Nuclear Power Plant Leaks

Charlie Eggers, Editor

This year we have seen numerous environmental disasters. In 2023 alone the United States is averaging 1 chemical disaster a day. Some are of course larger than others. For instance, the East Palestine chemical leak in early February was one of the worst chemical leaks in recent years. In this specific disaster, 100,000 gallons of hazardous chemicals were dumped and burned. The hope was that the chemicals did not get into the water, but they did which expands the scale of the disaster. 

You are probably wondering, “what does this have to do with Minnesota?” The answer is that in recent weeks, Minnesota has had a possible environmental disaster unfolding right before us. 

Unlike the East Palestine chemical leak, the Minnesota leak stemmed from a major power producer, the Excel nuclear power plant located in Monticello, Minnesota. The leak was detected more than four months ago. It was estimated that almost 400,000 gallons of contaminated water leaked out of a broken water pipe. After finding out Excel reported the leak to both state and federal agencies such as the Federal Nuclear Regulatory Commission. It wasn’t until 4 months later that the state of Minnesota decided to tell the public about the chemical leak. 

In recent weeks, Excel announced last week that they were powering the plant down because they detected even more chemicals leaking into the groundwater. In addition, Excel has attempted to clean up the chemical that was leaked and has successfully recovered just over 30% of the chemical. Excel also has been on damage control with the residents surrounding the powerplant where Excel held a town hall meeting for residents to voice their concerns about the leak.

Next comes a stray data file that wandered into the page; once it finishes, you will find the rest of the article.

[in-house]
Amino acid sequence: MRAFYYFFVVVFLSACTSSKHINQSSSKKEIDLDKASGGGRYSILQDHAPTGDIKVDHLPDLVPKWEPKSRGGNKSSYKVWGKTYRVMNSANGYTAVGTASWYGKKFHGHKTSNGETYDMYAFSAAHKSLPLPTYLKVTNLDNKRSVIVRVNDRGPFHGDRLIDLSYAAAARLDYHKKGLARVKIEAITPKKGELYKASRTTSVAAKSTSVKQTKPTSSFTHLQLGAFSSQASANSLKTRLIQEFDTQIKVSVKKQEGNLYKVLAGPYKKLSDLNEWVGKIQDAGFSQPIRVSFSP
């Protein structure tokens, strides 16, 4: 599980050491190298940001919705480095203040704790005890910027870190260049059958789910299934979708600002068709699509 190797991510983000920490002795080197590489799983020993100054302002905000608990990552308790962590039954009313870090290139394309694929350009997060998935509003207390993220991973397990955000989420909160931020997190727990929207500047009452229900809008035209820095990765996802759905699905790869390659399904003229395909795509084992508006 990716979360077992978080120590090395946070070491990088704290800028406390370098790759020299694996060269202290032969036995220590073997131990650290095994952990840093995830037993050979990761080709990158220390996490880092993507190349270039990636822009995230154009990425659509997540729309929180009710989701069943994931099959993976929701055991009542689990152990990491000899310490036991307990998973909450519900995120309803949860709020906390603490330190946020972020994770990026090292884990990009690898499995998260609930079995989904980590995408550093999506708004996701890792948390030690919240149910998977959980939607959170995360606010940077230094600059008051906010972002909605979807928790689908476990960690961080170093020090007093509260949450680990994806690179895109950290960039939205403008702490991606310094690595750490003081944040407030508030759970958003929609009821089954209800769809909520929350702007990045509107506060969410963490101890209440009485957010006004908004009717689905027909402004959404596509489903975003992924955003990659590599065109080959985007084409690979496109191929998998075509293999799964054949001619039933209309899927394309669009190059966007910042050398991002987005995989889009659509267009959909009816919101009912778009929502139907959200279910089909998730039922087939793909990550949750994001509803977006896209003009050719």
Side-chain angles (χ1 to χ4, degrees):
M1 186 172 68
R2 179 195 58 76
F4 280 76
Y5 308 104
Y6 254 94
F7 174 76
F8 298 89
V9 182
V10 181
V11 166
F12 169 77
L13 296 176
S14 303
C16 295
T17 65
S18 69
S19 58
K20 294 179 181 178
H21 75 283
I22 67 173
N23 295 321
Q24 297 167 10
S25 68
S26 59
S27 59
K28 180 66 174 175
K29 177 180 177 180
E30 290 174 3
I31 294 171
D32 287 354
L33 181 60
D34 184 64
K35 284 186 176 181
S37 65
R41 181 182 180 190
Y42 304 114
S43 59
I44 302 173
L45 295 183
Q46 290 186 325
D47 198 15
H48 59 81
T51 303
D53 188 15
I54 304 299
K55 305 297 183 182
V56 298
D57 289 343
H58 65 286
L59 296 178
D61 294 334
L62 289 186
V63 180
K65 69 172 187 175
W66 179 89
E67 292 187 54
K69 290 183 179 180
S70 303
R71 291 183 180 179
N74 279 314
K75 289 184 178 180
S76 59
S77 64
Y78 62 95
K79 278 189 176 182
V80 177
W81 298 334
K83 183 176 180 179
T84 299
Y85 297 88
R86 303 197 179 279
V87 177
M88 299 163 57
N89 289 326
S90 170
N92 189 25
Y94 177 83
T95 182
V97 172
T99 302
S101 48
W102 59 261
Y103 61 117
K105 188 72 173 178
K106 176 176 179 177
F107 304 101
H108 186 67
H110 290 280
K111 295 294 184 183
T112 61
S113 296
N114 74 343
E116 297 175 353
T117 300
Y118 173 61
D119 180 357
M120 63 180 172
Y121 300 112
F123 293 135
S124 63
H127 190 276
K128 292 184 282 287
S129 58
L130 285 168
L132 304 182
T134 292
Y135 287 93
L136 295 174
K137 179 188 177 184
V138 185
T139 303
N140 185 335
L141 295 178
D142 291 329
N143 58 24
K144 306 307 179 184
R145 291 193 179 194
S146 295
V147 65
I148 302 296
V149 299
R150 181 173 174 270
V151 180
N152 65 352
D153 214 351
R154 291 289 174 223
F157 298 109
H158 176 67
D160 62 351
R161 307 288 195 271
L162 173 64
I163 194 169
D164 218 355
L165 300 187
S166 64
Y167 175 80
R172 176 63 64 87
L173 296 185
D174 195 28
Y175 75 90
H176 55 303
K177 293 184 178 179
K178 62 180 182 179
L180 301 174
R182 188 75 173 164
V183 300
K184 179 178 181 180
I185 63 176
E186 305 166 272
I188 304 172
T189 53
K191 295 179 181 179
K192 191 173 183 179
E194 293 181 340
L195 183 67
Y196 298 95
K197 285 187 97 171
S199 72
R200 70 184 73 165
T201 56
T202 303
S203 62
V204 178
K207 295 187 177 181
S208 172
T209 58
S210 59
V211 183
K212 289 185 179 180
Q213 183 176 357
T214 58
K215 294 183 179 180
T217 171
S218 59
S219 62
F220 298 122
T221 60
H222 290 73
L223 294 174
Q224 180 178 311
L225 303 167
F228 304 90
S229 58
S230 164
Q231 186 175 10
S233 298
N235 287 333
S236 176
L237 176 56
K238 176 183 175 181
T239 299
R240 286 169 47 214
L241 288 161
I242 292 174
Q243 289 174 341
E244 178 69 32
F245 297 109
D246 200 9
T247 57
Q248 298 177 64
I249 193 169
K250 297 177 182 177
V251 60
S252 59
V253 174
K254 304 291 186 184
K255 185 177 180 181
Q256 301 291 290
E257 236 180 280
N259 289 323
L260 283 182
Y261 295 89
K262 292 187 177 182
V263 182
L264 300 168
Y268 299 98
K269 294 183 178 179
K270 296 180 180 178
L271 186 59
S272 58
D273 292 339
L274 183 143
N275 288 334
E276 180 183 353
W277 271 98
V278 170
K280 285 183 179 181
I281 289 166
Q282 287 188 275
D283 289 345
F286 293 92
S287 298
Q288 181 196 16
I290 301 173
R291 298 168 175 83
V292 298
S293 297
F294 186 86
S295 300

The chemical that leaked out from the plant was called tritium. Tritium is essential for nuclear power plants to create and successfully control nuclear fusion in the process of creating power. Being a part of fusion you would probably expect that tritium is also radioactive, it is, but not in the sense that if you drink a glass of water you would die of radiation poisoning. Tritium has low radioactivity and a half-life of 12 years. The main radioactive particle that is released from tritium is the beta-particle. The beta-particles that are released from tritium are non-skin piercing and if ingested it would not cause harm unless consumed in very large amounts. 

The good news about this whole situation is that Excel has been able to keep tritium contained and recover some of the tritium. This result will lessen the impact that it could cause if it were to leak to the nearby Mississippi. Moreover, the amount of tritium-contaminated water would be immediately diluted if it were to reach the Mississippi river. 

When asking students at the University of Minnesota about the leak, Sophomore Jack BukenBerger said, “Even Though this leak wasn’t catastrophic to our environment, it’s still concerning how often stuff like this keeps happening. In this year alone it feels like I’m hearing about someplace having a chemical spill.” 

As Jack Buckenberger said something sure needs to be done about the volume of chemical spills that are happening this year alone. All of these events have shed light on chemical leaks and how if we don’t have more regulations and safety precautions, we could destroy our own water supply. In East Palestine, we saw how a whole river basin could be contaminated off of one leak. In Minnesota, we got lucky that we did not have such a harmful chemical that leaked. In the land of 10,000 lakes, we have to keep our waterways clean and avoid any more events like what happened in Monticello or even worse East Palestine because it would cause devastating effects.